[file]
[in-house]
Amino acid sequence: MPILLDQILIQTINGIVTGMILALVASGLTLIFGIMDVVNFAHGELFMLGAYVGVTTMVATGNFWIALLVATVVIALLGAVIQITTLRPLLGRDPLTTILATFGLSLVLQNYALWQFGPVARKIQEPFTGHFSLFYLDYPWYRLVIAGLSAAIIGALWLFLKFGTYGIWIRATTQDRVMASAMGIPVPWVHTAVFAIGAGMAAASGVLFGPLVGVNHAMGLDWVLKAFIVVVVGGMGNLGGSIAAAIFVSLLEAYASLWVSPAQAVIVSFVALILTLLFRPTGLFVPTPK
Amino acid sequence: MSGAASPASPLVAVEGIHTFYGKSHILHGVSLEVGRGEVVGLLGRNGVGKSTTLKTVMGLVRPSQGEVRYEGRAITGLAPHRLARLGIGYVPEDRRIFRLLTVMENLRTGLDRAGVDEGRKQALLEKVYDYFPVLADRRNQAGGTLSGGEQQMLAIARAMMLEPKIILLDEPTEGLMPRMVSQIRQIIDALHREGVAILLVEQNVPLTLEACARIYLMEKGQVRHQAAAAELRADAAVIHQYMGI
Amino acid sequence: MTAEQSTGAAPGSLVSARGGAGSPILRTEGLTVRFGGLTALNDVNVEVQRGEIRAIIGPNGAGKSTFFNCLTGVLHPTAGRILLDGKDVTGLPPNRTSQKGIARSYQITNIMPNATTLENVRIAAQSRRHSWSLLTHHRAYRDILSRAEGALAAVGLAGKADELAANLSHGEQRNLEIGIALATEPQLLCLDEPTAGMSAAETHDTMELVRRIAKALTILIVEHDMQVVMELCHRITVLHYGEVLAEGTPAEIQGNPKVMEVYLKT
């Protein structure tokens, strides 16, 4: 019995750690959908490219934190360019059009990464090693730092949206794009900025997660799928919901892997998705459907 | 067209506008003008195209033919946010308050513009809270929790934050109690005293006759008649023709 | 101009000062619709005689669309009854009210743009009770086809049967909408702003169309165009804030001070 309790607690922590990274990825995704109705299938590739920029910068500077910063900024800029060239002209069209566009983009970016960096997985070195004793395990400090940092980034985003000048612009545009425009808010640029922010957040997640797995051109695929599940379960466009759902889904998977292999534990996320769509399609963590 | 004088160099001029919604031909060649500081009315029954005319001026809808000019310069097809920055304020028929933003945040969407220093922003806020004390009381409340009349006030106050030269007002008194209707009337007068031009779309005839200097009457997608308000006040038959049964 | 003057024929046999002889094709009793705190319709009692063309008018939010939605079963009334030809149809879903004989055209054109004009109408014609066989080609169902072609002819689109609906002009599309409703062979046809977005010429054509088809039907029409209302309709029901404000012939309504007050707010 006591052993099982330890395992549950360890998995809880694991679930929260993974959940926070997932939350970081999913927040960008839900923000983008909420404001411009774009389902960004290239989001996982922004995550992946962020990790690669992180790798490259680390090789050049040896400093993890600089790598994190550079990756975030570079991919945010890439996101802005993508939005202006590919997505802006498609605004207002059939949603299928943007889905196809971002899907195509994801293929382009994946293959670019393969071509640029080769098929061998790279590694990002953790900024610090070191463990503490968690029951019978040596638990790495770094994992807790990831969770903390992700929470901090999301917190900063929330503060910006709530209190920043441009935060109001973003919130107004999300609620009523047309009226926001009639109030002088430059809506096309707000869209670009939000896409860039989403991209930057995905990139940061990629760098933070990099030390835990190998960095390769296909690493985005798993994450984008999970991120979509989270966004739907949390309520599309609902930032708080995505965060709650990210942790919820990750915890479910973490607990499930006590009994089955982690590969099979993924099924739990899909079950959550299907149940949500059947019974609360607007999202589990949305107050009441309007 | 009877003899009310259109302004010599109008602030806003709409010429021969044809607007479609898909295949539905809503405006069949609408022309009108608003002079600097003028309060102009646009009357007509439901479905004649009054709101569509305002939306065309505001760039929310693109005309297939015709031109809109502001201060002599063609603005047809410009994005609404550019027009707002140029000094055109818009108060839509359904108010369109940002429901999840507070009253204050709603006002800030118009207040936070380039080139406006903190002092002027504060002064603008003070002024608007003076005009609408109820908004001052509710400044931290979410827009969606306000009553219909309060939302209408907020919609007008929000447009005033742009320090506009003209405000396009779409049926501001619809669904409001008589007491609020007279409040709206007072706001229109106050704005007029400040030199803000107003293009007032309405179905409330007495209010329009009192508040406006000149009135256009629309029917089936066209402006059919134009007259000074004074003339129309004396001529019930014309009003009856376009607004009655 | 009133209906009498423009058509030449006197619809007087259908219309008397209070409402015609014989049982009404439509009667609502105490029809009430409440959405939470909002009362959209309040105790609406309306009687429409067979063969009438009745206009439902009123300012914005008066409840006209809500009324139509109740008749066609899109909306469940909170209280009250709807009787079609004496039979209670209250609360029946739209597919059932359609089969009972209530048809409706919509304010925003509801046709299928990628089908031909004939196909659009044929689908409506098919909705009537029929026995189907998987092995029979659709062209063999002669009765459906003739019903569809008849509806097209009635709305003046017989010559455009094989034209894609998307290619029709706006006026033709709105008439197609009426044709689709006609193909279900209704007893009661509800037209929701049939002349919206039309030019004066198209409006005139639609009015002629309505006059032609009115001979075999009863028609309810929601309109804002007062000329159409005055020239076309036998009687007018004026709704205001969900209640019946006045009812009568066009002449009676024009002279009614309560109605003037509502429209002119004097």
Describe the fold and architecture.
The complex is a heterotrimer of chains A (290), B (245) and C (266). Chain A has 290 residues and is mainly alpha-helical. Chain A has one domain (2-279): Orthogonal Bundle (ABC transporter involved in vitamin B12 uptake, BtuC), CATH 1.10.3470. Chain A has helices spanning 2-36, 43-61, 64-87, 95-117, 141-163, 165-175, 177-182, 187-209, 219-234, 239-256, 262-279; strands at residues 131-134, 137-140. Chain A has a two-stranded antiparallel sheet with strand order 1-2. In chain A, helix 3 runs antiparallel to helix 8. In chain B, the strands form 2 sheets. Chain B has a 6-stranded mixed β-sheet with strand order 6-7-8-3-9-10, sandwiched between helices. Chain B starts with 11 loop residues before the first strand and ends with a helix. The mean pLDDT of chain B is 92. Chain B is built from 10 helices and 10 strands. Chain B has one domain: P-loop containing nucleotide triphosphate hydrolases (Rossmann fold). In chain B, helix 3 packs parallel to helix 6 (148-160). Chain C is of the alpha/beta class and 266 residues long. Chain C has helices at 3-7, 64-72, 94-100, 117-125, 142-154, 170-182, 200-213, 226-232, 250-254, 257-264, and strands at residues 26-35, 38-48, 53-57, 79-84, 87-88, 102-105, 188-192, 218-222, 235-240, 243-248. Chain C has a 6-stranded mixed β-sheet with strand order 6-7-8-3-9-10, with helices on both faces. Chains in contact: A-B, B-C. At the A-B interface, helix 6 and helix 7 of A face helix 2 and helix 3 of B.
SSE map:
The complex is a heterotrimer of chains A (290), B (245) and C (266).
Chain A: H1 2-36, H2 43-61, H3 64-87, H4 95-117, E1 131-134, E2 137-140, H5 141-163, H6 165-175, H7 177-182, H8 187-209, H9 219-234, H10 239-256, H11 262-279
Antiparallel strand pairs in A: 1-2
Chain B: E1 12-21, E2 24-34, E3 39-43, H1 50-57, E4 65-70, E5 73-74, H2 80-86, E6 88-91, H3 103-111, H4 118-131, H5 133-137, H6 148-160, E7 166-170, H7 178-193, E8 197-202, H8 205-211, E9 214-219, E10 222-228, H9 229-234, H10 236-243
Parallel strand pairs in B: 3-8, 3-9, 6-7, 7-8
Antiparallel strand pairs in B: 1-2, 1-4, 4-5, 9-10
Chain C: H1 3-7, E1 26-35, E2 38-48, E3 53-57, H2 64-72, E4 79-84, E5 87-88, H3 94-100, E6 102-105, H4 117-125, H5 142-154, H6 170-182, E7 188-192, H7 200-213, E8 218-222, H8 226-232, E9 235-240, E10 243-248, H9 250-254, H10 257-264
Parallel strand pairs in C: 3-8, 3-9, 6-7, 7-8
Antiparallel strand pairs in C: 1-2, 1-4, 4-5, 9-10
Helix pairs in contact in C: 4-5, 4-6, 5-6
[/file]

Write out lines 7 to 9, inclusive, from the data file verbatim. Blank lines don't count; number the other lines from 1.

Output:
The complex is a heterotrimer of chains A (290), B (245) and C (266). Chain A has 290 residues and is mainly alpha-helical. Chain A has one domain (2-279): Orthogonal Bundle (ABC transporter involved in vitamin B12 uptake, BtuC), CATH 1.10.3470. Chain A has helices spanning 2-36, 43-61, 64-87, 95-117, 141-163, 165-175, 177-182, 187-209, 219-234, 239-256, 262-279; strands at residues 131-134, 137-140. Chain A has a two-stranded antiparallel sheet with strand order 1-2. In chain A, helix 3 runs antiparallel to helix 8. In chain B, the strands form 2 sheets. Chain B has a 6-stranded mixed β-sheet with strand order 6-7-8-3-9-10, sandwiched between helices. Chain B starts with 11 loop residues before the first strand and ends with a helix. The mean pLDDT of chain B is 92. Chain B is built from 10 helices and 10 strands. Chain B has one domain: P-loop containing nucleotide triphosphate hydrolases (Rossmann fold). In chain B, helix 3 packs parallel to helix 6 (148-160). Chain C is of the alpha/beta class and 266 residues long. Chain C has helices at 3-7, 64-72, 94-100, 117-125, 142-154, 170-182, 200-213, 226-232, 250-254, 257-264, and strands at residues 26-35, 38-48, 53-57, 79-84, 87-88, 102-105, 188-192, 218-222, 235-240, 243-248. Chain C has a 6-stranded mixed β-sheet with strand order 6-7-8-3-9-10, with helices on both faces. Chains in contact: A-B, B-C. At the A-B interface, helix 6 and helix 7 of A face helix 2 and helix 3 of B.
SSE map:
The complex is a heterotrimer of chains A (290), B (245) and C (266).